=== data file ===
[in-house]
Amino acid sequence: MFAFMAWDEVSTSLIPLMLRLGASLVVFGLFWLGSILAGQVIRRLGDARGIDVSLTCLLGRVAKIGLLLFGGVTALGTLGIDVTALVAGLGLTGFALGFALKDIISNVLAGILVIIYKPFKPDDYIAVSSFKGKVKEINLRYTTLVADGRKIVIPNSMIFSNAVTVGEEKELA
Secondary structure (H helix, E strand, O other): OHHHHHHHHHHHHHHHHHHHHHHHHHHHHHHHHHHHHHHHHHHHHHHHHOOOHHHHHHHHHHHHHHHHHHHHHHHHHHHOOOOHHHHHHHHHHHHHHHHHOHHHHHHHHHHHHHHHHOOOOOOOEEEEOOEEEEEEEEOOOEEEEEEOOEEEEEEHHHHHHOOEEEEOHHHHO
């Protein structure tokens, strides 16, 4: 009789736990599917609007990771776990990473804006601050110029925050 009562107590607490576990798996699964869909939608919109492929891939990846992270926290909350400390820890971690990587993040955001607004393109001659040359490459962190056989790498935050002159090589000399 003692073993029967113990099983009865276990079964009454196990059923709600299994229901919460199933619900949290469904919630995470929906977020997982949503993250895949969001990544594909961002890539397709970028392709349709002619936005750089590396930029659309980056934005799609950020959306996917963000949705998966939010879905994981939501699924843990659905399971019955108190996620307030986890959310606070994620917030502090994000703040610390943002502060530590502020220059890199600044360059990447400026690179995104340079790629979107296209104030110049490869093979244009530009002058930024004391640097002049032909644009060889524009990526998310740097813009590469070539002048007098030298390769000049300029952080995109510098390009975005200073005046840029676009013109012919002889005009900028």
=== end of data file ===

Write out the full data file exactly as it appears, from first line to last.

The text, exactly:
[in-house]
Amino acid sequence: MFAFMAWDEVSTSLIPLMLRLGASLVVFGLFWLGSILAGQVIRRLGDARGIDVSLTCLLGRVAKIGLLLFGGVTALGTLGIDVTALVAGLGLTGFALGFALKDIISNVLAGILVIIYKPFKPDDYIAVSSFKGKVKEINLRYTTLVADGRKIVIPNSMIFSNAVTVGEEKELA
Secondary structure (H helix, E strand, O other): OHHHHHHHHHHHHHHHHHHHHHHHHHHHHHHHHHHHHHHHHHHHHHHHHOOOHHHHHHHHHHHHHHHHHHHHHHHHHHHOOOOHHHHHHHHHHHHHHHHHOHHHHHHHHHHHHHHHHOOOOOOOEEEEOOEEEEEEEEOOOEEEEEEOOEEEEEEHHHHHHOOEEEEOHHHHO
């Protein structure tokens, strides 16, 4: 009789736990599917609007990771776990990473804006601050110029925050 009562107590607490576990798996699964869909939608919109492929891939990846992270926290909350400390820890971690990587993040955001607004393109001659040359490459962190056989790498935050002159090589000399 003692073993029967113990099983009865276990079964009454196990059923709600299994229901919460199933619900949290469904919630995470929906977020997982949503993250895949969001990544594909961002890539397709970028392709349709002619936005750089590396930029659309980056934005799609950020959306996917963000949705998966939010879905994981939501699924843990659905399971019955108190996620307030986890959310606070994620917030502090994000703040610390943002502060530590502020220059890199600044360059990447400026690179995104340079790629979107296209104030110049490869093979244009530009002058930024004391640097002049032909644009060889524009990526998310740097813009590469070539002048007098030298390769000049300029952080995109510098390009975005200073005046840029676009013109012919002889005009900028």